I've written several times about the oddity of celebrating the 4th of July with that most patriotic of classical works -- Tchaikovsky's "1812 Overture." I get it. The cannons at the end are just part of the fireworks.
But really. Especially after all the controversy involving the recent election, does a Russian piece really belong in our American holiday celebrations?
There's plenty of substantial patriotic music written by Americans that would serve (albeit without cannons written into the score). See any of my previous July 4th posts for musical examples.
This year I'm going a little bit further. For the #ClassicsaDay Twitter feed I'll be posting music exclusively by American composers for the month of July. Each tweet will also have the hashtag #USclassics to make it easier to find.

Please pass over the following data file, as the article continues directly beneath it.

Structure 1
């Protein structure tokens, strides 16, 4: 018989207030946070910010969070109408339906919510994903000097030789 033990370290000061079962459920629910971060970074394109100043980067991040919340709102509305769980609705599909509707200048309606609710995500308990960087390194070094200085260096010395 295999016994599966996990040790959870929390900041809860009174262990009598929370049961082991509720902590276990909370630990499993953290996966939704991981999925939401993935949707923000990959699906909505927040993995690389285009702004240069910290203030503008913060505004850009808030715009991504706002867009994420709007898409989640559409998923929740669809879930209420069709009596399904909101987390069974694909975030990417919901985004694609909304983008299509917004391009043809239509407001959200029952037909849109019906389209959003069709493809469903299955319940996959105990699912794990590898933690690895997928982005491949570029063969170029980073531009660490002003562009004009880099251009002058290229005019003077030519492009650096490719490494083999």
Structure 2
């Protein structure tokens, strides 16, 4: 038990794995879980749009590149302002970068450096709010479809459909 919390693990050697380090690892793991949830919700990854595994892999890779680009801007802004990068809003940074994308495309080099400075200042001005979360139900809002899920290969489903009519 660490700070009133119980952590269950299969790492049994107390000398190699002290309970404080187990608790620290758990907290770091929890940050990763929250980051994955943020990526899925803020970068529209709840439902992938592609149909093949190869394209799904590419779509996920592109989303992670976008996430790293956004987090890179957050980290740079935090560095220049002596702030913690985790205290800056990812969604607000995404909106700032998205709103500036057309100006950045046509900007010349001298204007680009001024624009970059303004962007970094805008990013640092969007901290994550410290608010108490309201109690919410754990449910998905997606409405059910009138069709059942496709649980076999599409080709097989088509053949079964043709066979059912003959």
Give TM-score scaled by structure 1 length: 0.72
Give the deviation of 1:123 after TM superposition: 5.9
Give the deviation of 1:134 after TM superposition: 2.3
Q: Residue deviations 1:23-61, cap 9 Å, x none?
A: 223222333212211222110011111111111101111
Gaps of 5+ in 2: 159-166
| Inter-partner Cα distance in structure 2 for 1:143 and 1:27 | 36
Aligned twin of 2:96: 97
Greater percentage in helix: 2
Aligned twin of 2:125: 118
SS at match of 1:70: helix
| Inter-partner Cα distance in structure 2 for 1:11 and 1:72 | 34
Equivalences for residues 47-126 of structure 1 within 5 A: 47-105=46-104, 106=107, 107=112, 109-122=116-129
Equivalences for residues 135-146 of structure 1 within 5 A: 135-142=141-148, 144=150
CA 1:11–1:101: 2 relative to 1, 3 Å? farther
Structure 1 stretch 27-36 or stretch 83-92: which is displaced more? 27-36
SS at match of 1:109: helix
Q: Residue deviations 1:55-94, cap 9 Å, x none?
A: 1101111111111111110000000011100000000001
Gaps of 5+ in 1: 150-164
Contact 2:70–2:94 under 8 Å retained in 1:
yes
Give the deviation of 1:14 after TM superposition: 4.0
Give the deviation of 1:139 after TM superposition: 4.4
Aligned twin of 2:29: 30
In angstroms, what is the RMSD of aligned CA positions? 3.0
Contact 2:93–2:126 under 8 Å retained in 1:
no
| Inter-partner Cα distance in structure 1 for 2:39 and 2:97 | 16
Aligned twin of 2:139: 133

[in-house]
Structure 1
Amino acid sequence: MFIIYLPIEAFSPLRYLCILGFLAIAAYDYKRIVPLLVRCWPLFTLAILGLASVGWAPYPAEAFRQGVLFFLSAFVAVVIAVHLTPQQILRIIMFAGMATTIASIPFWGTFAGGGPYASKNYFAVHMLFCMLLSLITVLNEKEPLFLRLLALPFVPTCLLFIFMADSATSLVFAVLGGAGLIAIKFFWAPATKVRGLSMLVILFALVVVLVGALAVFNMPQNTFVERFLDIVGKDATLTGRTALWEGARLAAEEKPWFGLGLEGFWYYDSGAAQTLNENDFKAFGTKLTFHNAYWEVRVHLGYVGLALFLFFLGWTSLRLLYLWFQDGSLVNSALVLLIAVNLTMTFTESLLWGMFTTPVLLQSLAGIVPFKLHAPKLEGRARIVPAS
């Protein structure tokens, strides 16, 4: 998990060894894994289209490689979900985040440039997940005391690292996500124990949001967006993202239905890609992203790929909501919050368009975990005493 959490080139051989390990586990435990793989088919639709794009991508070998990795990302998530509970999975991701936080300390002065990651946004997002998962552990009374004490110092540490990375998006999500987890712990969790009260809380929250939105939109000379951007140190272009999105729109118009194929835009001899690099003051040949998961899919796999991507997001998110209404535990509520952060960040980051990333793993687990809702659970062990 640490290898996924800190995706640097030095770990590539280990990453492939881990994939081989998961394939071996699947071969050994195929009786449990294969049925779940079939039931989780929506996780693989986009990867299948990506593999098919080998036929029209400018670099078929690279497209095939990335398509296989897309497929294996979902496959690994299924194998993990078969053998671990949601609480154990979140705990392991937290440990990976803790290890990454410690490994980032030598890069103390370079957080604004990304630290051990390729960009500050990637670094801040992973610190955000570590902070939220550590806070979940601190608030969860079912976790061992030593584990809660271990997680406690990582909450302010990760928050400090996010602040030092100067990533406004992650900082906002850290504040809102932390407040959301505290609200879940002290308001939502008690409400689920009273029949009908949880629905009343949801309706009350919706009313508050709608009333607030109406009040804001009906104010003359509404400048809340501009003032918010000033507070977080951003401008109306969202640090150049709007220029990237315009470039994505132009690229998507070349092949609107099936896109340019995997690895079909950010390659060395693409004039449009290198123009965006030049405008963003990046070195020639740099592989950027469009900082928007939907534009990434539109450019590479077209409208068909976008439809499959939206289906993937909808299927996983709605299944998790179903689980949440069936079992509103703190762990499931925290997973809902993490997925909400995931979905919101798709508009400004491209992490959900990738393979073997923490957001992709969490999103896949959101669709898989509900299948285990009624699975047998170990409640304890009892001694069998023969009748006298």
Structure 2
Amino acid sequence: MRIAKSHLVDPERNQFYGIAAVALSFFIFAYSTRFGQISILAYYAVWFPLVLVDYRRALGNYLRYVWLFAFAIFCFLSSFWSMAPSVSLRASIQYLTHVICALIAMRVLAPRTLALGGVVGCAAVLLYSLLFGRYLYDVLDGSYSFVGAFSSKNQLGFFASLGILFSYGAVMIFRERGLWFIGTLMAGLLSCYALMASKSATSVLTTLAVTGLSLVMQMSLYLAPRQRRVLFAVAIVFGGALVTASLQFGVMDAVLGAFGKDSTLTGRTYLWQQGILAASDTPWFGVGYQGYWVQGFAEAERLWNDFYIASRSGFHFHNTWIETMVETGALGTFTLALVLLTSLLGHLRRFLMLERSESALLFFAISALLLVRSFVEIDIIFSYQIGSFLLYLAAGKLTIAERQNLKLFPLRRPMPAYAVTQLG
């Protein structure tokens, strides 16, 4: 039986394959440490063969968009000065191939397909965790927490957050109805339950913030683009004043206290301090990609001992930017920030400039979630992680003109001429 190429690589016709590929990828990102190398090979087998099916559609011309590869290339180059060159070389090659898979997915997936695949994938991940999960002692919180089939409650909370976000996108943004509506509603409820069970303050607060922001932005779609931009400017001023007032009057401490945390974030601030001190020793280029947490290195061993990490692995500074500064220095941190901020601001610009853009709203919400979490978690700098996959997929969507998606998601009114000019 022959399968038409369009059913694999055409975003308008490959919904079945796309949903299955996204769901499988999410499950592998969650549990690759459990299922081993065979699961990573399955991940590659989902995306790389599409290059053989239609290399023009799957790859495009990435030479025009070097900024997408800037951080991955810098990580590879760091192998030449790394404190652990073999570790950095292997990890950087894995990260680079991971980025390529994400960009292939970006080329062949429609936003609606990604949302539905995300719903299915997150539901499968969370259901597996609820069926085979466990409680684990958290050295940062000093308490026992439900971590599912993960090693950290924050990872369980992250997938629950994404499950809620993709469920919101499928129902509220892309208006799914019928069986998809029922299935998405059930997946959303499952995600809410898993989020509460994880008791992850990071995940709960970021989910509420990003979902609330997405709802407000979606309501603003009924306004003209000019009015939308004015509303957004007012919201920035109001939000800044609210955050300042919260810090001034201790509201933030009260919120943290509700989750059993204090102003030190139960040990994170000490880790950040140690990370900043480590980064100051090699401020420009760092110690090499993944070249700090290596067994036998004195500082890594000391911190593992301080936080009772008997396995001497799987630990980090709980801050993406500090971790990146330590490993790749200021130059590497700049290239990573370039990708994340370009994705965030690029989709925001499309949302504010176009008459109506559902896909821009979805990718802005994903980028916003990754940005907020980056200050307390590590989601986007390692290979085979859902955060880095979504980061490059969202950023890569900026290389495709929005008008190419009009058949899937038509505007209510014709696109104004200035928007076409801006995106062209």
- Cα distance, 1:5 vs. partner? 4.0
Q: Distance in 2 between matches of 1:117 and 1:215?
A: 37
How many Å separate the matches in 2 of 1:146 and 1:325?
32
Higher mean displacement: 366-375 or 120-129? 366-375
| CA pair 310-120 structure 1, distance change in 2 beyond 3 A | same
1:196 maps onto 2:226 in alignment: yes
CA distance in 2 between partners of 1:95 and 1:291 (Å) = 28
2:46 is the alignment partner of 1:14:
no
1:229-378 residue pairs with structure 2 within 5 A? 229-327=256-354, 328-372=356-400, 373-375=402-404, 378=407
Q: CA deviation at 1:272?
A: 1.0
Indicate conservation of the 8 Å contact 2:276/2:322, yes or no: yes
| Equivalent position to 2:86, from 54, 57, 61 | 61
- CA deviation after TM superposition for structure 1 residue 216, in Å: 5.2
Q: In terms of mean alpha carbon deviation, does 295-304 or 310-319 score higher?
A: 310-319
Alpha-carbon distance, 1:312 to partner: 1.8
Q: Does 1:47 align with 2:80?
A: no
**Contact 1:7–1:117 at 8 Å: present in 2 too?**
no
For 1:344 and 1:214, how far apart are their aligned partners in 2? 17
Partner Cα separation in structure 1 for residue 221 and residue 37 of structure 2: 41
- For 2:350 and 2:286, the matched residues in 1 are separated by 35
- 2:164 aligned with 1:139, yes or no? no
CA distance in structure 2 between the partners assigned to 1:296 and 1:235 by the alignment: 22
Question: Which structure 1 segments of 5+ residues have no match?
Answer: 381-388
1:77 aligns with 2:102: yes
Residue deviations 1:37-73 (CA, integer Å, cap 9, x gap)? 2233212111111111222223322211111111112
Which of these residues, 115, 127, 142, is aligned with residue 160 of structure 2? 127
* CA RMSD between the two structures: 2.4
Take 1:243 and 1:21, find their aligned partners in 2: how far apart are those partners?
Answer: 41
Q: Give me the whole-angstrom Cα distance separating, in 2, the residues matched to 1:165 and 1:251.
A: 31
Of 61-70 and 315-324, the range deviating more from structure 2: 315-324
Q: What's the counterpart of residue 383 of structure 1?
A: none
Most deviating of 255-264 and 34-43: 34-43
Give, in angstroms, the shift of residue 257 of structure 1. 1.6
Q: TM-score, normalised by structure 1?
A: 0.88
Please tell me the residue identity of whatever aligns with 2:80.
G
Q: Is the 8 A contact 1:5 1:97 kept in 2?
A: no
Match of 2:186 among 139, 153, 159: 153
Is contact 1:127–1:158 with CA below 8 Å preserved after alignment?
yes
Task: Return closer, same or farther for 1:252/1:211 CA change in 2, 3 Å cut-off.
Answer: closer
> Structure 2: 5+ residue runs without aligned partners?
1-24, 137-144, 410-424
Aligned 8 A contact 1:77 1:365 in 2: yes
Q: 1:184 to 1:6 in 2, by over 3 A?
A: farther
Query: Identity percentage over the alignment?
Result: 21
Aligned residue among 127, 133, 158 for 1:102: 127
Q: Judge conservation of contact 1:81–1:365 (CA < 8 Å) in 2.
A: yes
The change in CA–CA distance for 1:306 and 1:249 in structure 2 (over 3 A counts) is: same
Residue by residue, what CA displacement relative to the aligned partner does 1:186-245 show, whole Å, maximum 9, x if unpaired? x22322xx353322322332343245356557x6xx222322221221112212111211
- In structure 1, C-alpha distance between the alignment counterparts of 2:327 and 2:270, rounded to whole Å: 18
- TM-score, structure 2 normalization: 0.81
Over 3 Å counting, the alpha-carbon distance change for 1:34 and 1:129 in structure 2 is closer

And you don't even have to be on Twitter. Just do a search for the hashtag and you'll see the posts -- and the links.
I'll be posting music from the colonial period through to the 21st Century. For the most part, I'll be avoiding the obvious choices, such as Sousa, Copland, Gershwin, and Bernstein. Instead, I'll be focusing on the composers who are just as talented but aren't as well-known (like Randall Thomson, below).
I'll be posting music by composers born in the US, as well as immigrants who became citizens. You'll see links to music by male composers, female composers, and composers of color. Follow the feed the entire month and you'll find that American classical music is as rich and diverse as America itself.
Next month I'll also post an annotated list, as I did for the previous #ClassicsaDay themed month.